Lanham-New S, Buttriss J, Welch A, Kearney J (2016) Public Health Nutrition 2nd ed. London, Wiley Blackwell.
Crawley H. & Patel S. (1994) Food Portion Sizes, 3rd ed. Food Standards Agency. [Core]
Department of Health (1991) Dietary Reference Values of Food Energy and Nutrients for the United Kingdom: Report of the Panel on Dietary Reference Values of the Committee on Medical Aspects of Food Policy, HMSO [Core]
Geissler C and Powers H (2010) Human Nutrition, 12th ed. Churchill Livingstone, London.
Lovegrove J, Hodson L, Sharma S and Lanham-New S. (2015). Nutrition Research Methodologies. London Wiley-Blackwell. [Core]
Margetts, B. ed., (1997). Design Concepts in Nutritional Epidemiology. 2nd Ed. Oxford: OUP.
McCance & Widdowson’s the Composition of Foods Integrated Dataset (2015) https://www.gov.uk/government/publications/composition-of-foods-integrated-dataset-cofid (accessed 14.03.16) [Core]
Public Health England (2006) Scientific Advisory Committee on Nutrition. Folate and Disease Prevention Report. https://www.gov.uk/government/publications/sacn-folate-and-disease-prevention-report (accessed 14.03.16)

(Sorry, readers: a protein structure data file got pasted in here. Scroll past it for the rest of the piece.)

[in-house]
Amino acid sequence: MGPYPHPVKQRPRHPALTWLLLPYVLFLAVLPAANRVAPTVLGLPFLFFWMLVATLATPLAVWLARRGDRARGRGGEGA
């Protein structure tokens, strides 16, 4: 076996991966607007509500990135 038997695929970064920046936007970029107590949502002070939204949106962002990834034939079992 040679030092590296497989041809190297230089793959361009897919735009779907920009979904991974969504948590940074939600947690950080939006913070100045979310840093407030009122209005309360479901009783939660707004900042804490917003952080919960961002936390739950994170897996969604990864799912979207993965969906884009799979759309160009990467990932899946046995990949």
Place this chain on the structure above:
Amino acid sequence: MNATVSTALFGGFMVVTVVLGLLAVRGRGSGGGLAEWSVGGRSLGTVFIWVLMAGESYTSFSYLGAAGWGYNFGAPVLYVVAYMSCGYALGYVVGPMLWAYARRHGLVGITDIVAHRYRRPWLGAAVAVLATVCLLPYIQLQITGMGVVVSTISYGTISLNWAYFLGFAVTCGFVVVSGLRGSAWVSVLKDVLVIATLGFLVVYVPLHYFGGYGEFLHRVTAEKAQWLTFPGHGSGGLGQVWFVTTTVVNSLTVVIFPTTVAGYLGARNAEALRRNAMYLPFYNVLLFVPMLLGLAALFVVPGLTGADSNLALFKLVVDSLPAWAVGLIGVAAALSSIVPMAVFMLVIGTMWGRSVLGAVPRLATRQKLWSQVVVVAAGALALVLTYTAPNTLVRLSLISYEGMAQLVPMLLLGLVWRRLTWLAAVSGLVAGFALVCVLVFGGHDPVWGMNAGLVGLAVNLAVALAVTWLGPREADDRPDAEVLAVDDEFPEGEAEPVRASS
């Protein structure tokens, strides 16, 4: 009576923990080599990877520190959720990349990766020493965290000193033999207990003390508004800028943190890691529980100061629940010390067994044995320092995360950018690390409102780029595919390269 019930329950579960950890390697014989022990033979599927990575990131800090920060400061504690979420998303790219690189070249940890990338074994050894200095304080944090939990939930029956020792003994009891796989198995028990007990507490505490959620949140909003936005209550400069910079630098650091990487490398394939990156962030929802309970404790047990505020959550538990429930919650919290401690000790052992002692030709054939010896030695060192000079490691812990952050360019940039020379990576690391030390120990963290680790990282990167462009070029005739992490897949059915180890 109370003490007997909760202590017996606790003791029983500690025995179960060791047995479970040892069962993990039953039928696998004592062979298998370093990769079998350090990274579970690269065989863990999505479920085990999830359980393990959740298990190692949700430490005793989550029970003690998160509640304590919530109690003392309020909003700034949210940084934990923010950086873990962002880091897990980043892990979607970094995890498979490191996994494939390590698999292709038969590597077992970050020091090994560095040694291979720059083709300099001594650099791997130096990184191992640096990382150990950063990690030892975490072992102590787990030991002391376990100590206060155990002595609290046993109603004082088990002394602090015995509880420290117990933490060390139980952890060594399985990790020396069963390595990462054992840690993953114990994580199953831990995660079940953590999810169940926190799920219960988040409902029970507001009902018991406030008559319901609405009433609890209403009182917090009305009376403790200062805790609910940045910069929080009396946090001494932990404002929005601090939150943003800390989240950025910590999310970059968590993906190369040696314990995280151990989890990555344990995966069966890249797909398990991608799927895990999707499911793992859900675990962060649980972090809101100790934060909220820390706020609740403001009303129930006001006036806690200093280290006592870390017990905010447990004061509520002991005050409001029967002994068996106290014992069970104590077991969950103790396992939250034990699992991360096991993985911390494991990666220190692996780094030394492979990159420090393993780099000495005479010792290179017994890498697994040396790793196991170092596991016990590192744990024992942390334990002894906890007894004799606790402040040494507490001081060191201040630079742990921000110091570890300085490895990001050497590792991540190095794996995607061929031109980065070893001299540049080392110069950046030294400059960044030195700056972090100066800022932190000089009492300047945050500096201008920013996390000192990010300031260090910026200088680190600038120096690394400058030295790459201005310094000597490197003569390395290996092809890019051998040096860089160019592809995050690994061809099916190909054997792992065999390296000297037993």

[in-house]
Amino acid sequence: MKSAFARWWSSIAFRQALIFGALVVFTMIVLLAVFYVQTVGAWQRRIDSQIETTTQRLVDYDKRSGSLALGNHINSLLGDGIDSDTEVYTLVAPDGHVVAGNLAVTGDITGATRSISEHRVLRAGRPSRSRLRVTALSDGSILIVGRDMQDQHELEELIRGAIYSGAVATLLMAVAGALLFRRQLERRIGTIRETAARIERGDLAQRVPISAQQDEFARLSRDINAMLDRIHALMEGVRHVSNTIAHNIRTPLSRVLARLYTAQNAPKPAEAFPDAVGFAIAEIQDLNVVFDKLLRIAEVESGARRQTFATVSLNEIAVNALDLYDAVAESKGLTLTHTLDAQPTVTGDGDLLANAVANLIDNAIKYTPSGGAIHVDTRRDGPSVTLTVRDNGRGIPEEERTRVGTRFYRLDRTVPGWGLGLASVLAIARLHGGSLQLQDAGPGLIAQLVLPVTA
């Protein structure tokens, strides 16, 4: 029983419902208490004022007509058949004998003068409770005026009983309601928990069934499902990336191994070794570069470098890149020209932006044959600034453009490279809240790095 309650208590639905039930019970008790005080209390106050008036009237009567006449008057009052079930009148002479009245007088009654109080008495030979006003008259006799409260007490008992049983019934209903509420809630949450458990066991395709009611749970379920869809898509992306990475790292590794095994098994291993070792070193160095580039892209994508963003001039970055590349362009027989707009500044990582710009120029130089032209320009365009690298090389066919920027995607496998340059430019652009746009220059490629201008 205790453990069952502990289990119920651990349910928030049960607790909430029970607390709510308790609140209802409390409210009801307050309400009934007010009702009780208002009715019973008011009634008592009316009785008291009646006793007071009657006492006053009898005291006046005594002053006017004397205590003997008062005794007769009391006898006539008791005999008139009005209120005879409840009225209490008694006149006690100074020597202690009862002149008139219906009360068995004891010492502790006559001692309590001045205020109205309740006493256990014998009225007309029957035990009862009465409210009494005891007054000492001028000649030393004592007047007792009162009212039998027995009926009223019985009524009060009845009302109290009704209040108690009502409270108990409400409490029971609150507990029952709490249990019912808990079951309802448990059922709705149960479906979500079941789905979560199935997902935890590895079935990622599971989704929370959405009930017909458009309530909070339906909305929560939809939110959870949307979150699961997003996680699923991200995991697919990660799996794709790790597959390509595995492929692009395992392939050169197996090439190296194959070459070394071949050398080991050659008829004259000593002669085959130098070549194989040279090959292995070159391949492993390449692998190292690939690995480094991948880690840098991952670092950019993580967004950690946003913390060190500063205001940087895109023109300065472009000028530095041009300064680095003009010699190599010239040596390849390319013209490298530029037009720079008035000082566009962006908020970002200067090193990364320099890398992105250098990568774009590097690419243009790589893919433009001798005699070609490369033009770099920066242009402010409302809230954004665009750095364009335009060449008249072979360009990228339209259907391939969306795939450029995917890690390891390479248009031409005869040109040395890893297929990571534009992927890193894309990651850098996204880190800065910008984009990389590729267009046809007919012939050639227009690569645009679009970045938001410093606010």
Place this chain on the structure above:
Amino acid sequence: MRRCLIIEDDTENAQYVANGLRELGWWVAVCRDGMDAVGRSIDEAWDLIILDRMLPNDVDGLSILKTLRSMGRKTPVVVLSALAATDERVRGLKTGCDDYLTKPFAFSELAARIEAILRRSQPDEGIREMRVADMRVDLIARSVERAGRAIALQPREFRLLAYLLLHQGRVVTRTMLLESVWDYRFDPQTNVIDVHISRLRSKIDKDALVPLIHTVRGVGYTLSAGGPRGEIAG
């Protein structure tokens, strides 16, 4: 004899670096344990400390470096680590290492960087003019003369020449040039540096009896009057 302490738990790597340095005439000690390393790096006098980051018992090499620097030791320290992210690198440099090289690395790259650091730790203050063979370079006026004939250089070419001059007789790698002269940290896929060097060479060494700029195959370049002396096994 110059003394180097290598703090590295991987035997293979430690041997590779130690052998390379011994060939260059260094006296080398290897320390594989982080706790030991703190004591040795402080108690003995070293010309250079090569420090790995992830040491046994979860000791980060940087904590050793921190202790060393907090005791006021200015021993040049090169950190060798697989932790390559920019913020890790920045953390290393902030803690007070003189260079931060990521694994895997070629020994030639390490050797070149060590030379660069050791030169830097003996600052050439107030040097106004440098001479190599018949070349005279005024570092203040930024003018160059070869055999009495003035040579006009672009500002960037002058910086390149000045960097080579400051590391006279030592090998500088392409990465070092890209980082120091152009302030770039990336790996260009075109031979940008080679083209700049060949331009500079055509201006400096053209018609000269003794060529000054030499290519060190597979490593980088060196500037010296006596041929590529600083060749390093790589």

Public Health England (2011) Scientific Advisory Committee on Nutrition. Dietary Reference Values for Energy. https://www.gov.uk/government/publications/sacn-dietary-reference-values-for-energy (accessed 14.03.16)
Public Health England (2015) Scientific Advisory Committee on Nutrition. Carbohydrates and Health Report. https://www.gov.uk/government/publications/sacn-carbohydrates-and-health-report (accessed 14.03.16)
Willett, W. (1998). Nutritional Epidemiology, 2nd ed. Oxford University Press, Oxford.
Seedhouse D. (1996) Health Promotion, Philosophy, Prejudice and Practice. London Wiley.
Simnette I, Ewles L. (1999) Promoting Health: A Practical Guide. 4th Ed. London Sutari.
Wainwright, D (2008) A sociology of health, London SAGE